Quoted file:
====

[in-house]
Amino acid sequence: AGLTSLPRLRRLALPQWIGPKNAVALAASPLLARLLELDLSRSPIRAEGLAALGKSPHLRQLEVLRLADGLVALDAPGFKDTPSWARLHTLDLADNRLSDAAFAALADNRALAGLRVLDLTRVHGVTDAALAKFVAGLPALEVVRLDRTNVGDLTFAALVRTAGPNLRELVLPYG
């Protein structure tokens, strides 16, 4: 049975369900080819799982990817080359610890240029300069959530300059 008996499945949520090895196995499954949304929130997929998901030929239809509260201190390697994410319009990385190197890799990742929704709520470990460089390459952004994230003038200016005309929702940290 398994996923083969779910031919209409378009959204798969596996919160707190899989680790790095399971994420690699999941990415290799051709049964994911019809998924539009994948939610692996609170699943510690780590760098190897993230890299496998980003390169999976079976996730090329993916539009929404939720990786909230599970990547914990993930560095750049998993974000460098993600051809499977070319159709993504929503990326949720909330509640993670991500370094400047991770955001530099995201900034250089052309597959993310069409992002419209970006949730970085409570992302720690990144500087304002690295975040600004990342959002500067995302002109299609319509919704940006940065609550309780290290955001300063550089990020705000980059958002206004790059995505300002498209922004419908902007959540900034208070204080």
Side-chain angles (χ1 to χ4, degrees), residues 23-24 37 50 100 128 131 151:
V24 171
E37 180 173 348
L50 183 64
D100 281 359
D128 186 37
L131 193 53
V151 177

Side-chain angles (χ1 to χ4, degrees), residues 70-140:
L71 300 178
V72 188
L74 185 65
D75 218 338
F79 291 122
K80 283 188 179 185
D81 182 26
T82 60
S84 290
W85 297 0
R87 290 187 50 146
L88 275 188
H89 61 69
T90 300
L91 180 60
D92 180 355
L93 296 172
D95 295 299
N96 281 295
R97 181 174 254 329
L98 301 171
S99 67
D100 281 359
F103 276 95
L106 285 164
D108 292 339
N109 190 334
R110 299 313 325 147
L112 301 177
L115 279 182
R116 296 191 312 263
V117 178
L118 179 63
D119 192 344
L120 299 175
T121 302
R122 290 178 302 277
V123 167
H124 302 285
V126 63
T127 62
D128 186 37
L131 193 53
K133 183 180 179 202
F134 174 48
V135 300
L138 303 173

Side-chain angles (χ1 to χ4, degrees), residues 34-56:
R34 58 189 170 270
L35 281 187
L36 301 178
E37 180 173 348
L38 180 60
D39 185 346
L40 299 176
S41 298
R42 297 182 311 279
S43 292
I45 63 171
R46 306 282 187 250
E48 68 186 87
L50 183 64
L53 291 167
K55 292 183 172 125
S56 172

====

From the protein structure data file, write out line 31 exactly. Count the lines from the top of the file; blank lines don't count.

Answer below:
N96 281 295